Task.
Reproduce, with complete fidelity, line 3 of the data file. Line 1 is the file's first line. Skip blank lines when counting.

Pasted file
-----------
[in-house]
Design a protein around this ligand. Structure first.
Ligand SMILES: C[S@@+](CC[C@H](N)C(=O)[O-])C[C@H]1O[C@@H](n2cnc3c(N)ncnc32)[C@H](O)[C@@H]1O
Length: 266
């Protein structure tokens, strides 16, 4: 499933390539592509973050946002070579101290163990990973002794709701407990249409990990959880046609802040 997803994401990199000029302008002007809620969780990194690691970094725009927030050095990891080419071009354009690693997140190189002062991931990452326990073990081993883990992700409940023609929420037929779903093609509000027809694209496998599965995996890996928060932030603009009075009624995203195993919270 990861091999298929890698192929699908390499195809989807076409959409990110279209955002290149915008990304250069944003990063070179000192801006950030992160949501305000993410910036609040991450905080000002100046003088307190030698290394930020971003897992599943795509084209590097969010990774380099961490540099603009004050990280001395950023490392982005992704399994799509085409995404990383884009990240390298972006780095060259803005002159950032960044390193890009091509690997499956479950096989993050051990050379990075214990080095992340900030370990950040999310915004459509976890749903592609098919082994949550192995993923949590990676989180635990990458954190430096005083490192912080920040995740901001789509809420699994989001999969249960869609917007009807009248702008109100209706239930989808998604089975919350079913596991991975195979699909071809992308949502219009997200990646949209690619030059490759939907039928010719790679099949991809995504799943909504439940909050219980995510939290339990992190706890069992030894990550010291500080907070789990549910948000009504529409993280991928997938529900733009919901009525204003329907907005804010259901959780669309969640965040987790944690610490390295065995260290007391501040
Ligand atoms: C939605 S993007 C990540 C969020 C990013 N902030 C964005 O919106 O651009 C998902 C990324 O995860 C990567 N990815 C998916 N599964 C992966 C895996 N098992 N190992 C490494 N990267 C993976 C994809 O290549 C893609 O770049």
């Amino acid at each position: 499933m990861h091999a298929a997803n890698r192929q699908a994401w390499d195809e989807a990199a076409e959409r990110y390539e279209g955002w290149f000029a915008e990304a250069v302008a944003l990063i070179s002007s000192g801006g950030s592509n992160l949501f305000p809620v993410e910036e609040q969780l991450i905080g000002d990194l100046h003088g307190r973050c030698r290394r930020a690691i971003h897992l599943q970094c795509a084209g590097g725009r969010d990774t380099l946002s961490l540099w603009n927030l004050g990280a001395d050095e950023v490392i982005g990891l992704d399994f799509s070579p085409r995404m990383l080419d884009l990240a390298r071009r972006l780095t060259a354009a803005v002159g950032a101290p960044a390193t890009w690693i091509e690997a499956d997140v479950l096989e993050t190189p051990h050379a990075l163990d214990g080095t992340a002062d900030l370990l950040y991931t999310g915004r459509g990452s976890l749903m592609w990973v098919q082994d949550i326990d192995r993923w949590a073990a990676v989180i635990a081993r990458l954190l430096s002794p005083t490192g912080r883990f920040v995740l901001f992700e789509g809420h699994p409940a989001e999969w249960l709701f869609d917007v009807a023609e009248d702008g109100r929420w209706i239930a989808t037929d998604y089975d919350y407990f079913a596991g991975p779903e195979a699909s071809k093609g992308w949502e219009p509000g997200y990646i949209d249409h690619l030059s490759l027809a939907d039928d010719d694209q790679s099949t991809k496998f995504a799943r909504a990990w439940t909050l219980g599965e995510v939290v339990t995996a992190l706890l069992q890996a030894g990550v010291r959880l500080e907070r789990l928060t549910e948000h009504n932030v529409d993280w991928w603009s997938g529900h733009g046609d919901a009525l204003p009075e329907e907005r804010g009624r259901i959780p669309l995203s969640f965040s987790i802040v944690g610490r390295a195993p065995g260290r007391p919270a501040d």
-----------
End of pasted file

Ligand SMILES: C[S@@+](CC[C@H](N)C(=O)[O-])C[C@H]1O[C@@H](n2cnc3c(N)ncnc32)[C@H](O)[C@@H]1O